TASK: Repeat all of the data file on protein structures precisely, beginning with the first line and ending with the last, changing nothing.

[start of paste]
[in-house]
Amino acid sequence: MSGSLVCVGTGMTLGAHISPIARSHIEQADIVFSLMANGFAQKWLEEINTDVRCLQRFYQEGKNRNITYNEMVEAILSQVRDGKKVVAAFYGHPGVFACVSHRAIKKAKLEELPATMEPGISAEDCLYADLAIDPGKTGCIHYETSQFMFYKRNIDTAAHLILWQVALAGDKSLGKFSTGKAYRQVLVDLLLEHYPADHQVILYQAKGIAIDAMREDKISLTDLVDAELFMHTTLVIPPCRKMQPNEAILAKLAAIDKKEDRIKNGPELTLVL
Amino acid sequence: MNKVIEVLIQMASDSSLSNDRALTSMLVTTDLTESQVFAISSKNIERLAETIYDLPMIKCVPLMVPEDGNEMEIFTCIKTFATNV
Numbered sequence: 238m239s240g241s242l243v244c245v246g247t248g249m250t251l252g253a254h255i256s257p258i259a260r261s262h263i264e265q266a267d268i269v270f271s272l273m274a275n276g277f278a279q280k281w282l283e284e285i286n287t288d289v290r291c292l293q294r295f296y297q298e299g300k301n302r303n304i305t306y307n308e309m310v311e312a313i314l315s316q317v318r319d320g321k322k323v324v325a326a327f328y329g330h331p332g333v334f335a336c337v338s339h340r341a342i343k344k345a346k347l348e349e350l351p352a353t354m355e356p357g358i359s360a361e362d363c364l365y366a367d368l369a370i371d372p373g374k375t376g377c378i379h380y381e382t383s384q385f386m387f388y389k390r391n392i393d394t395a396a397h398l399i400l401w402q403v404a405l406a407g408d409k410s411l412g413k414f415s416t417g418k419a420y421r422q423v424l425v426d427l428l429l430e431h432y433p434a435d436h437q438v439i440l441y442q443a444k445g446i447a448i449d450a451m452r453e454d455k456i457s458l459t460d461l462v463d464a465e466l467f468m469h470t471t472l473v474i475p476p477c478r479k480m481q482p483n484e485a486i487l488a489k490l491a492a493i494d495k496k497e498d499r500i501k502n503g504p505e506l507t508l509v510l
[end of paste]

[in-house]
Amino acid sequence: MSGSLVCVGTGMTLGAHISPIARSHIEQADIVFSLMANGFAQKWLEEINTDVRCLQRFYQEGKNRNITYNEMVEAILSQVRDGKKVVAAFYGHPGVFACVSHRAIKKAKLEELPATMEPGISAEDCLYADLAIDPGKTGCIHYETSQFMFYKRNIDTAAHLILWQVALAGDKSLGKFSTGKAYRQVLVDLLLEHYPADHQVILYQAKGIAIDAMREDKISLTDLVDAELFMHTTLVIPPCRKMQPNEAILAKLAAIDKKEDRIKNGPELTLVL
Amino acid sequence: MNKVIEVLIQMASDSSLSNDRALTSMLVTTDLTESQVFAISSKNIERLAETIYDLPMIKCVPLMVPEDGNEMEIFTCIKTFATNV
Numbered sequence: 238m239s240g241s242l243v244c245v246g247t248g249m250t251l252g253a254h255i256s257p258i259a260r261s262h263i264e265q266a267d268i269v270f271s272l273m274a275n276g277f278a279q280k281w282l283e284e285i286n287t288d289v290r291c292l293q294r295f296y297q298e299g300k301n302r303n304i305t306y307n308e309m310v311e312a313i314l315s316q317v318r319d320g321k322k323v324v325a326a327f328y329g330h331p332g333v334f335a336c337v338s339h340r341a342i343k344k345a346k347l348e349e350l351p352a353t354m355e356p357g358i359s360a361e362d363c364l365y366a367d368l369a370i371d372p373g374k375t376g377c378i379h380y381e382t383s384q385f386m387f388y389k390r391n392i393d394t395a396a397h398l399i400l401w402q403v404a405l406a407g408d409k410s411l412g413k414f415s416t417g418k419a420y421r422q423v424l425v426d427l428l429l430e431h432y433p434a435d436h437q438v439i440l441y442q443a444k445g446i447a448i449d450a451m452r453e454d455k456i457s458l459t460d461l462v463d464a465e466l467f468m469h470t471t472l473v474i475p476p477c478r479k480m481q482p483n484e485a486i487l488a489k490l491a492a493i494d495k496k497e498d499r500i501k502n503g504p505e506l507t508l509v510l